Sometimes simple things can be a bit tricky.
My parents raved about my sister’s macheteniste’s nut cookies. “The best cookies I ever ate,” my dad insisted. “And Levana says the recipe is very simple: just sugar, nuts and egg whites stirred together.”
Naturally, I had to pin down the exact recipe. Turns out, Levana’s almond clusters are close cousins to Carine Goren’s almond thins, but with a few crucial twists: (1) the nuts are slivered instead of sliced; (2) the nuts are piled high into little haystacks instead of being spread into a super thin layer; and (3) the sugar is brown instead of white.
These few changes make the difference between a recipe my dad really liked (the almond thins) and one he was crazy about (Levana’s almond clusters). The brown sugar gives huge uptick in flavor, making the sweetness of the nut cookies more interesting, less flat. I think that adding vanilla and almond extract ramps up the flavor even more, but that is an optional addition.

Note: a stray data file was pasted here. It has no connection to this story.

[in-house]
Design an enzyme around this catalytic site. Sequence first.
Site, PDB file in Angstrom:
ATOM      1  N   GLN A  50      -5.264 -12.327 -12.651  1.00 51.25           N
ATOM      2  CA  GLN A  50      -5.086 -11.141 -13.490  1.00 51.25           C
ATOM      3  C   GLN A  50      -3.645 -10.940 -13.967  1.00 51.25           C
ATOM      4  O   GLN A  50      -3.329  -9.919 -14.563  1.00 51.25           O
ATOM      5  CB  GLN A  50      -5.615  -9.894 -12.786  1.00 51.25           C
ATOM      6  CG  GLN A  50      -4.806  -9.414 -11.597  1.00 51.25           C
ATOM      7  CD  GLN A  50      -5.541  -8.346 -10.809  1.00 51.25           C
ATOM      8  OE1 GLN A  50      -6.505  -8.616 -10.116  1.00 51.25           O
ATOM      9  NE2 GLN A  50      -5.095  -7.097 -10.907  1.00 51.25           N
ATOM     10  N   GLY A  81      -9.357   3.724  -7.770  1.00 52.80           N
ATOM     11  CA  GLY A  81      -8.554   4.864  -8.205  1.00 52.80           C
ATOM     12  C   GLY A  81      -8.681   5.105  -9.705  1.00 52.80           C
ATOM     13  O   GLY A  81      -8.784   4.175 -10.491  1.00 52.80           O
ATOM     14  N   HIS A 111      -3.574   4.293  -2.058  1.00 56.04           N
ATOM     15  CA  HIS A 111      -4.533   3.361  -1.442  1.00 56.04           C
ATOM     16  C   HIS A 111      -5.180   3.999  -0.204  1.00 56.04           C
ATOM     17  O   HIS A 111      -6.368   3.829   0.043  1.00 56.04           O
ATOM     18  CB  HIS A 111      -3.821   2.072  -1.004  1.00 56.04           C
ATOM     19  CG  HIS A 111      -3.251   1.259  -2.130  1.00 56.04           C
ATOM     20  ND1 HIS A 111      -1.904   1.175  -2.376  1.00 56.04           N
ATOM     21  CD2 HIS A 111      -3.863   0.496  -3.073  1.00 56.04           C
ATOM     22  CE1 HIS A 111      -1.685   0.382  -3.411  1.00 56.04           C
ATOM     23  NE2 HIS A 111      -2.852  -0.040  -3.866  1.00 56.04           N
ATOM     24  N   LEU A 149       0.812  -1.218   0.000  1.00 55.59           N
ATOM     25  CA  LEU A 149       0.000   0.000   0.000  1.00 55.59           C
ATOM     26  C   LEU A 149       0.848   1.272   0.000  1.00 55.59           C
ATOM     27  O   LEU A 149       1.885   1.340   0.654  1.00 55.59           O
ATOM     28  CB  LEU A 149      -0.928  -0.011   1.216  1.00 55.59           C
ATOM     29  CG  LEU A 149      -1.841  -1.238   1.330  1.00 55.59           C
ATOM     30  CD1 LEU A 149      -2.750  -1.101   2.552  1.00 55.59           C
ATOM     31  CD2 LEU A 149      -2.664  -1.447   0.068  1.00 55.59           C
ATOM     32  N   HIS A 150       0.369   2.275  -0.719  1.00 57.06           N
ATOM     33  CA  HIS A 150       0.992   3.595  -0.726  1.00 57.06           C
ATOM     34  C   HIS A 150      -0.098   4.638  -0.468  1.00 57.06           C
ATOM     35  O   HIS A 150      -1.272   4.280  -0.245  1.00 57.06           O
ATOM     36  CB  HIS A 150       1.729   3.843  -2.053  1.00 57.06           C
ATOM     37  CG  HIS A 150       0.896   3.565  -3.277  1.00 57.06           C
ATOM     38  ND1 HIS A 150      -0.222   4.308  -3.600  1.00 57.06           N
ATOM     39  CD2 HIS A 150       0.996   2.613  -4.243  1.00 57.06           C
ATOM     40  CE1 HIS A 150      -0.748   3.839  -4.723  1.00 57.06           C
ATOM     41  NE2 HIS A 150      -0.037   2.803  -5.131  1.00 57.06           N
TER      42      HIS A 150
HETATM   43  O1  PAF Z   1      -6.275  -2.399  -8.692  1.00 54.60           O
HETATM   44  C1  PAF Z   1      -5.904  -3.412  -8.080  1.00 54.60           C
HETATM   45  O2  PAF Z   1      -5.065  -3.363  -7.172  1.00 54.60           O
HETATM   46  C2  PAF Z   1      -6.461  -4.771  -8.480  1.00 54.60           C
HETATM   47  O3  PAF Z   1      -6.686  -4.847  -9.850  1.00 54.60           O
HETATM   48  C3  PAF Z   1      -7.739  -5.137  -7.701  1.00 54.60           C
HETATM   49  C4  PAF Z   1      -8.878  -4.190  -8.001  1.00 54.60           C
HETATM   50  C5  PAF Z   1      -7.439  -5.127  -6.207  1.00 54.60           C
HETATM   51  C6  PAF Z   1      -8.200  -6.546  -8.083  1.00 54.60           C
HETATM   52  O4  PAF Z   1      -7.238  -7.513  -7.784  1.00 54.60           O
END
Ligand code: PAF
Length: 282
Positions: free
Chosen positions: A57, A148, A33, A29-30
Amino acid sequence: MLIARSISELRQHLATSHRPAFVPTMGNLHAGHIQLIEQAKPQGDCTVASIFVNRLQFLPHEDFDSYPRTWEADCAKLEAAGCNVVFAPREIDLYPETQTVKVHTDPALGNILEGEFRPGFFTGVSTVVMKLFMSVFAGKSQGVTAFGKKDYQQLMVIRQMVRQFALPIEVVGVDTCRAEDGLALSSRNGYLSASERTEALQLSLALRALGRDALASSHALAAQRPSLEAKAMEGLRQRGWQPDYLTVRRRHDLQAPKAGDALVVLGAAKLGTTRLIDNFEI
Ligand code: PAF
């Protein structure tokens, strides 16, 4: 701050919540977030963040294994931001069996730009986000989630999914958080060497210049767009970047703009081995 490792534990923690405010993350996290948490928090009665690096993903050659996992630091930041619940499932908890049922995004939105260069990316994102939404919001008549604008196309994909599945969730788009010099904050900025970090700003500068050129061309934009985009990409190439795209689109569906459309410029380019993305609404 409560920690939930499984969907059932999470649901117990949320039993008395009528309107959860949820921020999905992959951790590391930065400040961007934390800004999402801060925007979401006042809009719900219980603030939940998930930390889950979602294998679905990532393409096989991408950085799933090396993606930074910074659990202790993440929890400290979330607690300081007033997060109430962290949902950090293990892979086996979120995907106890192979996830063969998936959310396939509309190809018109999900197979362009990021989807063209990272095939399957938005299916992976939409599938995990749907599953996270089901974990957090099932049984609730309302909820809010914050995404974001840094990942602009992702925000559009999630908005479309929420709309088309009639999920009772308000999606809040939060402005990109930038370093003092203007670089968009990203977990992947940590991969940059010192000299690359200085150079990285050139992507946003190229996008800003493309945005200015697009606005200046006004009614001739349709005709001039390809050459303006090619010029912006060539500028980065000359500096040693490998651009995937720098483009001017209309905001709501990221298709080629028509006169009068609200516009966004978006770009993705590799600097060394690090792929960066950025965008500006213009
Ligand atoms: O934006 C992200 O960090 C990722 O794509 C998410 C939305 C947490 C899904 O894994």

The difficulty was that Levana is the sort of cook who makes everything by instinct instead of a precise recipe. The recipe I started with was “mix together 3 egg whites, a scant cup brown sugar and enough nuts so that the nuts are just coated.” About a pound of nuts? “Yes, about . . . at least!”
I had to experiment a bit to figure out the right ratio of nuts to sugar syrup. The first few batches of cookies had sugar syrup seeping out of them. The sugar syrup that seeped out on the baking sheet puffed up as the nut clusters baked, making strange looking, crunchy protrusions from the cookies.
Also, the baking time was originally “until brown.” That took figuring out, too. Some batches of cookies came out a bit chewy instead of crunchy. It took me a while to figure out that the solution was drying out the nut clusters in a turned off oven.
With these issues ironed out, these addictive cookies are indeed extremely simple to make.